Grade 1: A grade 1 hamstring strain will present as some tightness across the back of the thigh but allows you to walk normally. With some mild hamstring discomfort, it is unlikely you will be able to run without increasing pain. There may be mild swelling and tightness however bending your knee or extending your hip may not increase your pain greatly. 

Grade 2: A more moderate injury severity may present with difficulty walking, and twinges through your posterior thigh during general activity. You may notice some swelling, spasms, bruising, and tenderness within the first 24-48 hours post-injury. Pain with hip extension and knee flexion is likely to be present. 

Grade 3: This injury is quite severe in nature and the tear will involve half or all fibres of the muscle fibres. You may have trouble walking and require crutches due to pain and weakness in the posterior thigh. Swelling and bruising may be immediate in this case. 

There are different areas of the hamstring that can be injured. There can be different timeframes applied to injuries that occur in certain areas. 

Locations of Injury: 
  • A: Myofascial
  • B: Musculo-tendinous
  • C: Intratendinous

An MRI may be useful in the specific identification of the Grade and location of your injury. These identifications are important factors in determining the length of your rehabilitation and possible return to sport timeframe. 

Lookout for referred hamstring pain: 

Your sciatic nerve passes through the hamstring muscle group. If you have lower back pain or an injury, referred sciatic pain can mimic some of the symptoms. 

Rehabilitation: 

The primary objective of the rehabilitation is to return to the prior level of athletic performance with as minimal risk as possible. Your hamstring injury may start to feel better within a few days however it is important to engage in a proper rehabilitation process to avoid re-injury of your hamstring. 

Once an accurate diagnosis is achieved, your physiotherapist will aim to achieve the following: 

  • Reduce pain and local inflammation 
  • Normalise range of motion 
  • Improve local hamstring strength and maintenance of surrounding muscles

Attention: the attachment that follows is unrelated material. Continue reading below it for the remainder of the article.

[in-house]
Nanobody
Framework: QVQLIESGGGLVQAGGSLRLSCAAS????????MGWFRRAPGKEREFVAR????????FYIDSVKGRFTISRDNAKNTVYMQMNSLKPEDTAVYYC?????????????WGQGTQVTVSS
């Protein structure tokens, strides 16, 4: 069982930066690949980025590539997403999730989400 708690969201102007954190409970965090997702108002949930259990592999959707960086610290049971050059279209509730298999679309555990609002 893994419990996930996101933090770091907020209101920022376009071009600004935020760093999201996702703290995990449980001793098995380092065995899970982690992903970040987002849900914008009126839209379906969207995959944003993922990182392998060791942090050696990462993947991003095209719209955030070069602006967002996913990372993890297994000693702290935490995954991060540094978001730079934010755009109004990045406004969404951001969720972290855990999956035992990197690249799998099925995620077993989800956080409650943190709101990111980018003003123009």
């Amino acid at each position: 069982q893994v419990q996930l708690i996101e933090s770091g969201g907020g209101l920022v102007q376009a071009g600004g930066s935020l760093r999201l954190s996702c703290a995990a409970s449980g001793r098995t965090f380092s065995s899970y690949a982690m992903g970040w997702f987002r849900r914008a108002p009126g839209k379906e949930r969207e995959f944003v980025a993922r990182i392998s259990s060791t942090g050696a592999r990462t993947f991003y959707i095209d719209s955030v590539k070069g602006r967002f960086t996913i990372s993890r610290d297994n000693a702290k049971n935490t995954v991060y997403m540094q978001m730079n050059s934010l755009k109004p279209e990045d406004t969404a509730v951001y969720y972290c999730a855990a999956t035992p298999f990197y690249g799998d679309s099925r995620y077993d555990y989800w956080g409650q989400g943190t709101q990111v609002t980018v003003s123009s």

• A focus will be held on the eccentric strength of your hamstrings
  • Guide you back into running, speed, agility, and balance 
  • Improve technique in sports-specific tasks (e.g. – sprinting, hopping, landing, jumping, change of direction)
  • Minimise risk of reinjury

At QSMC, our VALD equipment can produce accurate, objective data on your strength and force production to assist with your rehabilitation process. 

Do I need surgery on my hamstring injury? 

Surgery is not often provided for hamstring injuries. In the case of a rupture of the tendon or chronic degenerative hamstring injuries, surgery can be an option. 

How do I make sure this never happens again?

As mentioned in this post, the biggest risk factor for hamstring injury is a history of previous injury. Therefore, it is paramount that your rehabilitation doesn’t stop once you have returned to your previous level of athletic performance. Exercises that have been researched to have the highest effectiveness in hamstring injury prevention are those that focus on regular eccentric strength training. Your physiotherapist may prescribe you exercises to continue to address eccentric strength and maintain your hamstring strength to minimise injury risk.  

If you need further guidance on how to knock your hamstring rehabilitation out of the park – book in with one of our physiotherapists at QSMC.